Building Batch Job Processing Application with Spring Batch

Batch processing is an important part of an enterprise technology ecosystem/architecture. It is used for uploading bulk data to a system periodically via scheduled job runs for business transaction processing. Another example is the integration of data between an application and another system inside or external of the enterprise.

Spring Batch is a lightweight, comprehensive batch framework designed to enable the development of robust batch applications vital for the daily operations of enterprise systems.

This blog will outline a few design practices when building a batch job processing application and illustrate how they are implemented using the Spring Batch framework APIs. The example used here is a typically extract/update application where it reads data from multiple input files and write them to a database to be used by another applications in the enterprise.

fileupload

Solution Design

I will cover the following design and implementation aspects:

  1. Input read and validation
  2. Parallel processing
  3. Job monitoring

1. Input read and validation

Spring Batch provides the ItemReader as a generic interface for reading data from different types of input. For csv files, we can use the class FlatFileItemReader as shown in the example  below:

private <T> FlatFileItemReader<T> readerForEntity(String readerName, InputStream is, String header, String[] cols, Class<T> targetType) {
	return new FlatFileItemReaderBuilder<T>()
		.skippedLinesCallback(line -> {
		   // Verify file header is what we expect
		   if (!StringUtils.equals(line, header)) {
			throw new IllegalArgumentException(String.format("Unexpected header: [%s]", line));
		   }
		 })
		.name(readerName)
		.resource(new InputStreamResource(is))
		.linesToSkip(1)
		.delimited().delimiter("|")
		.names(cols)
		.targetType(targetType)
		.build();
	}

The above method creates a FlatFileItemReader object for loading a particular csv file into DTO objects of type targetType.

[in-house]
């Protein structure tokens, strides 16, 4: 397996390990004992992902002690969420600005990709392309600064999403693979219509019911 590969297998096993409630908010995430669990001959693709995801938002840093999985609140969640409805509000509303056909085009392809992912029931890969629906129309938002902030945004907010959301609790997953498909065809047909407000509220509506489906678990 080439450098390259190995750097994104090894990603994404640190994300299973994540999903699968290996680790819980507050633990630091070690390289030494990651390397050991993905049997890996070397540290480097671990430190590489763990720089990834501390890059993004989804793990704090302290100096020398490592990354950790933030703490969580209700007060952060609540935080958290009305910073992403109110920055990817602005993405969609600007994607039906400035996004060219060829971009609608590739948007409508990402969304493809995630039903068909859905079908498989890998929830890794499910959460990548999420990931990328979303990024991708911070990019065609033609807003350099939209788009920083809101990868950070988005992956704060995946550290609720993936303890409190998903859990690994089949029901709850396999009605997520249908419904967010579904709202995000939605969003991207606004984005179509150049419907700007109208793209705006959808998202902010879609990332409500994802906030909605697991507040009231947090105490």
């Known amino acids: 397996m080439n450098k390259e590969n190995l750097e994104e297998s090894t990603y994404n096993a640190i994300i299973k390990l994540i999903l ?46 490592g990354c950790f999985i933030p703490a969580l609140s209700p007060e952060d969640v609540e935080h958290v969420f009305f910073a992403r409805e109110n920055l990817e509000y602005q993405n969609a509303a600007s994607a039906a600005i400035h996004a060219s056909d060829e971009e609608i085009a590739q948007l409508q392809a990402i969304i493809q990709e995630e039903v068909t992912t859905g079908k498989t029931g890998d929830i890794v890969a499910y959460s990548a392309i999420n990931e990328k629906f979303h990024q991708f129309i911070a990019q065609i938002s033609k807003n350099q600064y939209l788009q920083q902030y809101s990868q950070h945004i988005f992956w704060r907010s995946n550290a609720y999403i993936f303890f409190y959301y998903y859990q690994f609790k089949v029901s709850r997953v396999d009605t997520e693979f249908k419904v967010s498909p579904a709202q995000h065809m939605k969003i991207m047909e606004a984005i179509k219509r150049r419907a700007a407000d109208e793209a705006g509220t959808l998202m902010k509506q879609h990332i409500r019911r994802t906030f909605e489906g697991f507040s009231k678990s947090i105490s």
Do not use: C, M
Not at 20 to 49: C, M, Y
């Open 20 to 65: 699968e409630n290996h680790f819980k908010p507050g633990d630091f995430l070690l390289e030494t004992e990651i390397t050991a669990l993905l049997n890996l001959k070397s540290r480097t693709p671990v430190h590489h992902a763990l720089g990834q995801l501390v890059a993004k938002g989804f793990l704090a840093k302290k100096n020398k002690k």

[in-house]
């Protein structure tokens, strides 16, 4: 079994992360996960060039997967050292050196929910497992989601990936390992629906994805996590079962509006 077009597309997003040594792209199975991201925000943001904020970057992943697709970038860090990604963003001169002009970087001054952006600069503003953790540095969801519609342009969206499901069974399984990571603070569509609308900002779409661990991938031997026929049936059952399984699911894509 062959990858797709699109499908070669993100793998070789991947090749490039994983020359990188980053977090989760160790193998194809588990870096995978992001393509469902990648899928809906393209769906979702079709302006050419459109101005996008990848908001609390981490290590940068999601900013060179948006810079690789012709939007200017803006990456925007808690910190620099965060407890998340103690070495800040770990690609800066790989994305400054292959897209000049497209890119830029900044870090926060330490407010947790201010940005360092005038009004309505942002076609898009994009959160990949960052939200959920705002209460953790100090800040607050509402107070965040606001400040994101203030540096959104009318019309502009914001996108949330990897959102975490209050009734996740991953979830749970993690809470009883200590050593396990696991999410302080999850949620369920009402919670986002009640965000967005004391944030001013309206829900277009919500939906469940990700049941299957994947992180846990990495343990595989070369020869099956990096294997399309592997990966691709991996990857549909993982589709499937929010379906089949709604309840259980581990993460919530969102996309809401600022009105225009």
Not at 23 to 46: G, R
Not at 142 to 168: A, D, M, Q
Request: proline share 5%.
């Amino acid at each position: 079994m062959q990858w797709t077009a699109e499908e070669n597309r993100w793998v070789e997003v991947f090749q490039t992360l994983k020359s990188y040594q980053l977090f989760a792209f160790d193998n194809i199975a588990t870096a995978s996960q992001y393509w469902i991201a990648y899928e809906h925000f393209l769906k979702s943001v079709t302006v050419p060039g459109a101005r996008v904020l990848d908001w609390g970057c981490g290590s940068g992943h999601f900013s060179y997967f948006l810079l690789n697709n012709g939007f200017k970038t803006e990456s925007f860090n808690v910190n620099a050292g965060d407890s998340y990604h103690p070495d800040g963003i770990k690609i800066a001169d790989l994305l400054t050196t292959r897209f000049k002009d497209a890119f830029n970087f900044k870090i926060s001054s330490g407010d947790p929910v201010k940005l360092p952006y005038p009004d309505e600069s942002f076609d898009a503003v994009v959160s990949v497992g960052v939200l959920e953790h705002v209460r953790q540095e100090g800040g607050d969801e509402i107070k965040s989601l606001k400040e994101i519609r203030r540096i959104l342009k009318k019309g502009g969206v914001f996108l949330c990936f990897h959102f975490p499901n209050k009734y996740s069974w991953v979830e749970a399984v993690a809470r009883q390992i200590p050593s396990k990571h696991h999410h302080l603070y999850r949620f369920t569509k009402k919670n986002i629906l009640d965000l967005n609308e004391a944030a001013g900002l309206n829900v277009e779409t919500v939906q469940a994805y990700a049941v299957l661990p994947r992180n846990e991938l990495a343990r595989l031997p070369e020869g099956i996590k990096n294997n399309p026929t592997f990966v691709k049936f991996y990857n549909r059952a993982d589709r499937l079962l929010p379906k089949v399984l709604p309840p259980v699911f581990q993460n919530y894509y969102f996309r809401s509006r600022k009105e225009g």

Validate input file header

At a minimum, the application needs to verify that an input file is containing the data type it expects. I would recommend that all the files should have a header line with all the fields so that the application can check and validate the files. This can then be implemented using the skippedLinesCallback method in combination with the linesToSkip method as shown above.

Use S3 or alike for staging input files

Typically, an enterprise uses a local or remote file server as staging area for storing the input csv files. Spring Batch provides support out of the box for this use case. I would however recommend an application to use a cloud storage solution such as AWS S3. This will allow it to leverage the availability and durability provided by cloud storage solution with no/minimum extra complexity or cost. To do this with Spring Batch, we need to implement our own InputStream for S3:

public class S3InputStream extends InputStream {

     private static S3Client s3;
     private final String bucket;
     private final String file;
     private final byte[] buffer;
     private long lastByteOffset;

     private long offset = 0;
     private int next = 0;
     private int length = 0;

     static {
            Region region = Region.AP_SOUTHEAST_2;
            s3 = S3Client.builder().region(region).build();
     }

     public S3InputStream(final String bucket, final String file, final byte[] buffer) {
          this.bucket = bucket;
          this.file = file;
          this.buffer = buffer;

          ResponseInputStream<GetObjectResponse> object = s3.getObject(GetObjectRequest.builder().bucket(bucket).key(file).build());
          this.lastByteOffset = object.response().contentLength() - 1;
     }

     @Override
     public int read() throws IOException {
          if (next >= length) {
               fill();
               if (length <= 0) {
                    return -1;
               }
               next = 0;
          }
          if (next >= length) {
               return -1;
          }
          return buffer[this.next++];
     }

     public void fill() throws IOException {
          if (offset >= lastByteOffset) {
          length = -1;
          } else {
               try (final InputStream inputStream = s3Object()) {
                    length = 0;
                    int b;
                    while ((b = inputStream.read()) != -1) {
                         buffer[length++] = (byte) b;
                    }
                    if (length > 0) {
                         offset += length;
                    }
                }
          }
     }

     private InputStream s3Object() {
          String len = Long.toString(offset + buffer.length - 1);
          String range = "bytes=" + offset + "-" + len;
          GetObjectRequest request = GetObjectRequest.builder().bucket(bucket).key(file).range(range).build();
logger.info("Getting content from S3...");
          return s3.getObject(request);
     }